Microtubule-Stabilizing Natural Products as Promising Cancer Therapeutics
Author: Gallagher Jr., Brian M.
Source: Current Medicinal Chemistry, Volume 14, Number 28, December 2007 , pp. 2959-2967(9)
Publisher: Bentham Science Publishers
Abstract:Paclitaxel and related taxanes exhibit their anticancer activity by promoting tubulin polymerization and stabilizing microtubules, which results in mitotic G2/M arrest and apoptosis. The clinical success of paclitaxel in treating a wide array of tumor types has led to numerous efforts to identify novel natural products with paclitaxel-like mechanisms of action, but which may overcome some of the liabilities of the taxanes. Although the list of natural products that share the paclitaxel-like mechanism is relatively small, it continues to expand and currently includes a number of structurally distinct classes. Despite the mechanistic similarities between these classes, differences exist which may translate into their differential efficacy in the clinic. The past several years have seen a considerable amount of pre-clinical and clinical progress in developing these novel microtubule-stabilizing natural products as cancer therapeutics. This review focuses primarily on recent advances published since 2002.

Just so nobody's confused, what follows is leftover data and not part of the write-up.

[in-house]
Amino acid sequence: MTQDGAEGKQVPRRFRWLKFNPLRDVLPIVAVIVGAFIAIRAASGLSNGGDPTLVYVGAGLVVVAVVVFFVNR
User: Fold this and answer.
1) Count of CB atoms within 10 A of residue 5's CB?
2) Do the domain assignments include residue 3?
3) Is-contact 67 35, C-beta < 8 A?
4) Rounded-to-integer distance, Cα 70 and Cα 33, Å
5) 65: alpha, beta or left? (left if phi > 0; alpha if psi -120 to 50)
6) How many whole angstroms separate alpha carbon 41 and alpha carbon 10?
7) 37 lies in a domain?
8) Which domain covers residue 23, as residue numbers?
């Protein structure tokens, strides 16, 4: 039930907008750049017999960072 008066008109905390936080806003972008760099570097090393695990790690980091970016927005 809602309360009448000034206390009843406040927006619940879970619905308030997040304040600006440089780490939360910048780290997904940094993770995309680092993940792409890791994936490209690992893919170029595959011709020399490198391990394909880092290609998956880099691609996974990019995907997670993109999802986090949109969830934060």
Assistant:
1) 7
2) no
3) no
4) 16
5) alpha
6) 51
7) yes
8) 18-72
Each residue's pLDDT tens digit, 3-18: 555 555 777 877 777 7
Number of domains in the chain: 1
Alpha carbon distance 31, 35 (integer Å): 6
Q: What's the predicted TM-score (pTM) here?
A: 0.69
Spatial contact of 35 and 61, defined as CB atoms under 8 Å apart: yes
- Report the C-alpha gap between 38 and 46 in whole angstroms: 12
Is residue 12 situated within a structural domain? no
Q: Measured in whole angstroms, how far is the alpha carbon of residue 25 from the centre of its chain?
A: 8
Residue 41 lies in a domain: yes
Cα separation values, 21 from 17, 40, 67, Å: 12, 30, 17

Document Type: Research Article
Affiliations: Alantos Pharmaceuticals, Inc., 840 Memorial Drive, Cambridge, MA 02139, USA.
Publication date: December 1, 2007
- Current Medicinal Chemistry covers all the latest and outstanding developments in medicinal chemistry and rational drug design. Each issue contains a series of timely in-depth reviews written by leaders in the field covering a range of the current topics in medicinal chemistry. Current Medicinal Chemistry is an essential journal for every medicinal chemist who wishes to be kept informed and up-to-date with the latest and most important developments.